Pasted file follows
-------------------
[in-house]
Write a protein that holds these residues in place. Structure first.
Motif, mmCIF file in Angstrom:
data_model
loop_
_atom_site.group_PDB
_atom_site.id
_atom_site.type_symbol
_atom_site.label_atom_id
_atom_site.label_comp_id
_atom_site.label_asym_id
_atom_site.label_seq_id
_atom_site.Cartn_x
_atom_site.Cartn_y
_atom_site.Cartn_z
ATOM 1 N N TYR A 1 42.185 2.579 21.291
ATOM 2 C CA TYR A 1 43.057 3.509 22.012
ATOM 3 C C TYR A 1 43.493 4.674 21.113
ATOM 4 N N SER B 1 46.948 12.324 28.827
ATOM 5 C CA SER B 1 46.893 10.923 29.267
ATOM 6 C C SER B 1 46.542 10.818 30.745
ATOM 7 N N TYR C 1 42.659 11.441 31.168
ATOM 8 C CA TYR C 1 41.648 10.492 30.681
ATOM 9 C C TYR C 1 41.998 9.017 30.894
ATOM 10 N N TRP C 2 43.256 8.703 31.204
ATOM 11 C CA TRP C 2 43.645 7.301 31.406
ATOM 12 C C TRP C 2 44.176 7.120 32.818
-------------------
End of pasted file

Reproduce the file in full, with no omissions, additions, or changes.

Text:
[in-house]
Write a protein that holds these residues in place. Structure first.
Motif, mmCIF file in Angstrom:
data_model
loop_
_atom_site.group_PDB
_atom_site.id
_atom_site.type_symbol
_atom_site.label_atom_id
_atom_site.label_comp_id
_atom_site.label_asym_id
_atom_site.label_seq_id
_atom_site.Cartn_x
_atom_site.Cartn_y
_atom_site.Cartn_z
ATOM 1 N N TYR A 1 42.185 2.579 21.291
ATOM 2 C CA TYR A 1 43.057 3.509 22.012
ATOM 3 C C TYR A 1 43.493 4.674 21.113
ATOM 4 N N SER B 1 46.948 12.324 28.827
ATOM 5 C CA SER B 1 46.893 10.923 29.267
ATOM 6 C C SER B 1 46.542 10.818 30.745
ATOM 7 N N TYR C 1 42.659 11.441 31.168
ATOM 8 C CA TYR C 1 41.648 10.492 30.681
ATOM 9 C C TYR C 1 41.998 9.017 30.894
ATOM 10 N N TRP C 2 43.256 8.703 31.204
ATOM 11 C CA TRP C 2 43.645 7.301 31.406
ATOM 12 C C TRP C 2 44.176 7.120 32.818